Telescope Makers Workshop
Chabot Space and Science Center
10000 Skyline Boulevard
Oakland, CA 94619-2450

Chabot’s TMW is one of only a handful of regularly scheduled telescope making workshops in the U.S., and probably the world; it meets every Friday evening throughout the year, except Memorial Day weekend. It has been in operation since December of 1930, founded by Franklin B. Wright, and is currently run by Eastbay Astronomical Society member Rich Ozer, with help from other EAS members, Dave Barosso, Barry Leska, and others. The price of admission is FREE. All you have to do is show up, buy a mirror blank and a “tool” (typically around $100 – $200 depending on the size of the mirror) and start “pushin’ glass!” We supply you with instruction, the various grits you’ll need to first grind, and then polish and figure your mirror, and all the testing equipment needed. With a small bit of luck, you could wind up with a telescope that costs 1/3 or 1/4 the cost of a store-bought telescope, that is yet optically superior! Itdoes take time – depending on how much time you put in on it, and other factors, it could take a few months or several months. But, it’s a fun project, great for kids, and at the end you get a great telescope!

For more information call or email Richard Ozer at pres@eastbayastro.org or phone (510) 406-1914.

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Fri. 06/28/2019 and Sat. 06/29/2019

Chabot Space and Science Center
10000 Skyline Boulevard
Oakland, CA 94619-2450
(510) 336-7300

EXPLORE THE NIGHT SKIES AT THE CHABOT OBSERVATORIES
for more information: http://www.chabotspace.org/
Free Telescope Viewing
Regular hours are every Friday & Saturday evening, weather permitting: 7:30pm -10:30pm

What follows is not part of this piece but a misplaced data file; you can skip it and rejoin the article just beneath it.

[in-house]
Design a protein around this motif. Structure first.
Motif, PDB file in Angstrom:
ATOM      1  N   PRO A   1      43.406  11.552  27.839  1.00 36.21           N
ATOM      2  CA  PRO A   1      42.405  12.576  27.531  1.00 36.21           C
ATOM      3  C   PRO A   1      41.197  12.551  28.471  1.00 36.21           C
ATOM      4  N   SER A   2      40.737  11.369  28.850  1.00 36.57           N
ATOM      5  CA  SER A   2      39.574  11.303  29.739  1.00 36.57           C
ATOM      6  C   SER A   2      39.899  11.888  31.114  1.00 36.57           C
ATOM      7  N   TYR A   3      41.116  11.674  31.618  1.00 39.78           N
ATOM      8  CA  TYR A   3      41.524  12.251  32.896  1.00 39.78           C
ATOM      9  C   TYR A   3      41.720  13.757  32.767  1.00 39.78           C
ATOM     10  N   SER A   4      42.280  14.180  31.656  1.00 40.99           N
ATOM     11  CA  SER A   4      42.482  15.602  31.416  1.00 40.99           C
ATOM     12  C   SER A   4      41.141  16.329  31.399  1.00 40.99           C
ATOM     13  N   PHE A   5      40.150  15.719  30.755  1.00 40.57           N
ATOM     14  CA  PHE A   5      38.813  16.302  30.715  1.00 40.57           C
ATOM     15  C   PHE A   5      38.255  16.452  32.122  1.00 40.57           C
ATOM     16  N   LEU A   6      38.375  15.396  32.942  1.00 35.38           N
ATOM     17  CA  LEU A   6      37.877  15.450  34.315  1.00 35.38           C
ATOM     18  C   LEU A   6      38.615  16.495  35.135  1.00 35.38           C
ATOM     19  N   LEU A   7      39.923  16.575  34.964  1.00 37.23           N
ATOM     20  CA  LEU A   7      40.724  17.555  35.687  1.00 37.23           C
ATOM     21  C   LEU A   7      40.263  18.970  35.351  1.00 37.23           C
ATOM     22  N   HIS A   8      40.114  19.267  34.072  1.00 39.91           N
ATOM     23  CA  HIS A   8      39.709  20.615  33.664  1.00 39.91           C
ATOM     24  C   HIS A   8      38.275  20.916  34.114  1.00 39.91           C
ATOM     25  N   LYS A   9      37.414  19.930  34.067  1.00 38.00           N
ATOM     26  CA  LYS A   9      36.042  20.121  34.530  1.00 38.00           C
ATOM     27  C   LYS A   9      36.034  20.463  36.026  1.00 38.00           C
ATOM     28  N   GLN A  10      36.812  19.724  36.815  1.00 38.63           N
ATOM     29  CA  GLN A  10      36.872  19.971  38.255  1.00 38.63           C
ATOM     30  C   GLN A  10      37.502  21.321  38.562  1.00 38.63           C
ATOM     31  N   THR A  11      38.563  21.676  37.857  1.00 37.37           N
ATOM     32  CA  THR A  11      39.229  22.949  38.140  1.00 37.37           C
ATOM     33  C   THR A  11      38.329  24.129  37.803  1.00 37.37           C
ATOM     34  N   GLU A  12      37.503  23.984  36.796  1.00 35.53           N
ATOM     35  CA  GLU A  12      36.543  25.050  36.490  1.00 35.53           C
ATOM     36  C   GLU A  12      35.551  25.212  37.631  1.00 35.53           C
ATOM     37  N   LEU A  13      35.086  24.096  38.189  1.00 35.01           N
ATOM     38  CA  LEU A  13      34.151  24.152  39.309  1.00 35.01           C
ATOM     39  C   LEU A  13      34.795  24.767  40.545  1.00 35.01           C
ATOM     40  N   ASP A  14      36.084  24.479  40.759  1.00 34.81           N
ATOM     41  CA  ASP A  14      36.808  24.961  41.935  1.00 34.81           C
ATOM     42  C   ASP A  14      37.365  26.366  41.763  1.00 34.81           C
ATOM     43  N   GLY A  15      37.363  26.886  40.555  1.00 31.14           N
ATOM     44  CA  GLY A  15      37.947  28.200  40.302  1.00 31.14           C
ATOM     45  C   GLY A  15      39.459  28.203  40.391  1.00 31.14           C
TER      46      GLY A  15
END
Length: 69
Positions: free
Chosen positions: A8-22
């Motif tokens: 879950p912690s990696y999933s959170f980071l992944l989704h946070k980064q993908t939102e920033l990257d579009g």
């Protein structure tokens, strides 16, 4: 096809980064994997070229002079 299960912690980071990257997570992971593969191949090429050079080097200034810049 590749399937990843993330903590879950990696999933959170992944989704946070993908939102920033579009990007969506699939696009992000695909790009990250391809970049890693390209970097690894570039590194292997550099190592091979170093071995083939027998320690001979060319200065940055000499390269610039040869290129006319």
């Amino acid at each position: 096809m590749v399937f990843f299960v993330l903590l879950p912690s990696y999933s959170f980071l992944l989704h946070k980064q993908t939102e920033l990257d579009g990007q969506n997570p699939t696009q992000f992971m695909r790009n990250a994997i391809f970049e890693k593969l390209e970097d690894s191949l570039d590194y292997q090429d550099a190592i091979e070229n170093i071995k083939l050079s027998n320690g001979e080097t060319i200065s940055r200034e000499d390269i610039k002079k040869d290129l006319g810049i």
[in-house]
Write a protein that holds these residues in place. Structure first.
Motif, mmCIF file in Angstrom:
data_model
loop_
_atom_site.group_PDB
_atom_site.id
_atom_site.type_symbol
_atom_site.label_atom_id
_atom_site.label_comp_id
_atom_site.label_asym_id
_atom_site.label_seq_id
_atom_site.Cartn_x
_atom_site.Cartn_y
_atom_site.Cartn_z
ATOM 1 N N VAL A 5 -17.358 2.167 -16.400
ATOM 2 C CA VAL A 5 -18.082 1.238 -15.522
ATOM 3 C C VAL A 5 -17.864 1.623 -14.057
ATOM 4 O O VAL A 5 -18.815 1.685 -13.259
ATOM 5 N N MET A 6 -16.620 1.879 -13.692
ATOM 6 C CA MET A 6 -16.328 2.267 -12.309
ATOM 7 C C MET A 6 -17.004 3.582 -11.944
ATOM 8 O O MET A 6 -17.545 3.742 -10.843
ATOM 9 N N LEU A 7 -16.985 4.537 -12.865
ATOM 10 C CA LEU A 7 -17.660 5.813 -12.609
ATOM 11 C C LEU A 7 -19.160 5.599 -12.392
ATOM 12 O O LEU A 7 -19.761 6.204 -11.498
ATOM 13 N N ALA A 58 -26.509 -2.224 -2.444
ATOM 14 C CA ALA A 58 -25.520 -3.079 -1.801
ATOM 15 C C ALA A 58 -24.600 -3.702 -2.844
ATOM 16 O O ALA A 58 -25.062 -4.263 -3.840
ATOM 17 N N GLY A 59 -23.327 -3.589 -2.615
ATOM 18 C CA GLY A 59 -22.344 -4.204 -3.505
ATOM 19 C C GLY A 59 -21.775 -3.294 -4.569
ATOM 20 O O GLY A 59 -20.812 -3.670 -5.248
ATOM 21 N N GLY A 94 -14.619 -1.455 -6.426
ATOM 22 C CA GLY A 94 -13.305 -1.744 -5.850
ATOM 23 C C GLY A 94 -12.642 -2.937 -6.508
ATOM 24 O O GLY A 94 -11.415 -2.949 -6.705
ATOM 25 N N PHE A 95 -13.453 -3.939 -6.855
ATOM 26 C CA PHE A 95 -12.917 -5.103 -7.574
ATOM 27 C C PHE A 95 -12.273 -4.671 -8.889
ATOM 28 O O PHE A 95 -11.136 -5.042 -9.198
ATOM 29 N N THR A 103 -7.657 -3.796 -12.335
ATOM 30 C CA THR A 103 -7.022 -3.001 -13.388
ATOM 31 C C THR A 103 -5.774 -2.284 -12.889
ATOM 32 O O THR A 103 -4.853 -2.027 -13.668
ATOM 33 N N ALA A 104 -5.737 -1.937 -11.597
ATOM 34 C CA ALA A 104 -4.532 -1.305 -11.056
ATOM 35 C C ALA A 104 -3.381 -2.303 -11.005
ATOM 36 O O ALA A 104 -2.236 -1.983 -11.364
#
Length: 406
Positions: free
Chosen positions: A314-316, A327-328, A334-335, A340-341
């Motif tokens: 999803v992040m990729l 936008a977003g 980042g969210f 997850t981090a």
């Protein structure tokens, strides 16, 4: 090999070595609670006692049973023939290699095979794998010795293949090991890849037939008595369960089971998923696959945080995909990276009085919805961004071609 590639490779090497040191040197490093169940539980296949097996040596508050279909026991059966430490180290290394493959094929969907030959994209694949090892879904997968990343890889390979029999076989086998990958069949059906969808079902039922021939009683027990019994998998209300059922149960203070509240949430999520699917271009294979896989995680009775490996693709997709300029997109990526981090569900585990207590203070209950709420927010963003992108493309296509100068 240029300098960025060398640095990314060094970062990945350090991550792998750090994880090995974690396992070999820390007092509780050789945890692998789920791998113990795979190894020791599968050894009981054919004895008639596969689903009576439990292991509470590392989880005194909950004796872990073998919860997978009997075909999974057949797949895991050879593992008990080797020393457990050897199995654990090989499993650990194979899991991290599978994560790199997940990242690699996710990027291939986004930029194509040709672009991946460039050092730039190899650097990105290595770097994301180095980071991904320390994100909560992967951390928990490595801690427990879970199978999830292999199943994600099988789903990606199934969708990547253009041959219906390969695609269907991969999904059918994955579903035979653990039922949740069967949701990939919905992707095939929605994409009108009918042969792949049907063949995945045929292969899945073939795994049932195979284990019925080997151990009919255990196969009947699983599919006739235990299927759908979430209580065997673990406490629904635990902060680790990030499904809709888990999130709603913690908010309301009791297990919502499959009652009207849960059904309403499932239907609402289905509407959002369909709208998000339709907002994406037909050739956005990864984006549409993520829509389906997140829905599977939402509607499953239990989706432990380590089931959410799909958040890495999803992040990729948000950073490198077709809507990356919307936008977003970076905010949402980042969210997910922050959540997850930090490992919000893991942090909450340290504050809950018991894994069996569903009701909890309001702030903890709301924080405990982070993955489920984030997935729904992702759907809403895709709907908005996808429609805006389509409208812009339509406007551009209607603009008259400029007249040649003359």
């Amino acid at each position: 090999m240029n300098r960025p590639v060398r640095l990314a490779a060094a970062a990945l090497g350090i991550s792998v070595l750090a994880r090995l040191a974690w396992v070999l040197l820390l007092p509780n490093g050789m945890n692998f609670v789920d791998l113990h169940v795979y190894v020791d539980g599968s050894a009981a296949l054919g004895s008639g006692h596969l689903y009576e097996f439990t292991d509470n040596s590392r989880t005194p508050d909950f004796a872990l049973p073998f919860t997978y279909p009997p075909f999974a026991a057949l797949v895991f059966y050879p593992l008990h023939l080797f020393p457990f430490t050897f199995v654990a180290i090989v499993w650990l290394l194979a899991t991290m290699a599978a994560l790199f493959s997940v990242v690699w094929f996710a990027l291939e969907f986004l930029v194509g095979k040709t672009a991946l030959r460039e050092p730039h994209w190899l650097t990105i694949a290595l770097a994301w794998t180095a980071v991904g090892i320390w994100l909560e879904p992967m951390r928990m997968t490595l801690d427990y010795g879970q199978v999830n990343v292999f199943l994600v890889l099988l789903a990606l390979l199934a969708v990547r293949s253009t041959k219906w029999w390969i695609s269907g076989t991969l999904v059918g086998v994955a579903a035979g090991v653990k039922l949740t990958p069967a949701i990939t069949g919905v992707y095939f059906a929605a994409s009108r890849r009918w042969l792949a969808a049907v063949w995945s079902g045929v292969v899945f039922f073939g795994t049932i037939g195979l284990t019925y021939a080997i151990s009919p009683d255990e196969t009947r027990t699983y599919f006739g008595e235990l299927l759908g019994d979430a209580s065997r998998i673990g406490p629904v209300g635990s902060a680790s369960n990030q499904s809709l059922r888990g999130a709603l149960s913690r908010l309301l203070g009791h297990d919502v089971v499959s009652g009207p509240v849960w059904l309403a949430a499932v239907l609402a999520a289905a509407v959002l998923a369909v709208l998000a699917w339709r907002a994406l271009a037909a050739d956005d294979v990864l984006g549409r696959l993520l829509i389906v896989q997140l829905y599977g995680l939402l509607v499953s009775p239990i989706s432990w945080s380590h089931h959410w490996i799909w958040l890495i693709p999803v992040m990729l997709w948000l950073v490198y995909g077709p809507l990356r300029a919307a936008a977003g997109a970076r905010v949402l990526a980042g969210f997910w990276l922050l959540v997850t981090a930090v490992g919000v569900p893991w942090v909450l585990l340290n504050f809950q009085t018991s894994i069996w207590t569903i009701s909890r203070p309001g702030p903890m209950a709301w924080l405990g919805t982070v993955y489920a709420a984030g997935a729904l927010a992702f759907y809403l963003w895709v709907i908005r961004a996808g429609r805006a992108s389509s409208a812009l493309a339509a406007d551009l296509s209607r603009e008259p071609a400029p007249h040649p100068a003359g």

Come for spectacular night sky viewing the best kept secret in the Bay Area and see the magnificence of our telescopes in action!

Daytime Telescope Viewing On Saturday and Sunday afternoons come view the sun, moon, or Venus through Chabot’s telescopes. Free with General Admission.

12pm – 5pm: Observatories Open (weather permitting)

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Fri. 06/28/2019 9PM

Foothill College
12345 El Monte Rd
Los Altos Hills, CA 94022

Foothill Observatory is open for public viewing every clear Friday evening from 9:00 p.m. until 11:00 p.m. Visitors can view the wonders of the universe through the observatory’s computer-controlled 16- inch Schmidt-Cassegrain telescope.
Views of objects in our solar system may include craters and mountains on the moon, the moons and cloud-bands of Jupiter, the rings of Saturn, etc. Deep space objects including star clusters, nebulae, and distant galaxies also provide dramatic demonstrations of the vastness of the cosmos.The choice of targets for any evening’s viewing depends on the season and what objects are currently in the sky.

Admission is free. Parking is $3

Foothill Observatory is located on the campus of Foothill College in Los Altos Hills, CA. Take Highway 280 to the El Monte Rd exit. The observatory is next to parking lot 4. Parking at the college requires visitor parking permits that are available from the machines in the parking lots for $3.00. Dispensers accept one-dollar bills and quarters; bring exact change. Citations are issued.

Come to Foothill Observatory and join us in the exploration of our Universe!

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Sat. 06/29/2019 10AM

Foothill College
12345 El Monte Rd
Los Altos Hills, CA 94022

Foothill College Observatory 10AM-12PM if it is clear Solar observing with a Hydrogen alpha solar telescope every clear Saturday morning. This allows spectacular views of solar prominences and unusual surface features on the Sun not otherwise visible with regular white light telescopes.

Admission is free. Parking is $3

Foothill Observatory is located on the campus of Foothill College in Los Altos Hills, CA. Take Highway 280 to the El Monte Rd exit. The observatory is next to parking lot 4. Parking at the college requires visitor parking permits that are available from the machines in the parking lots for $3.00. Dispensers accept one-dollar bills and quarters; bring exact change. Citations are issued.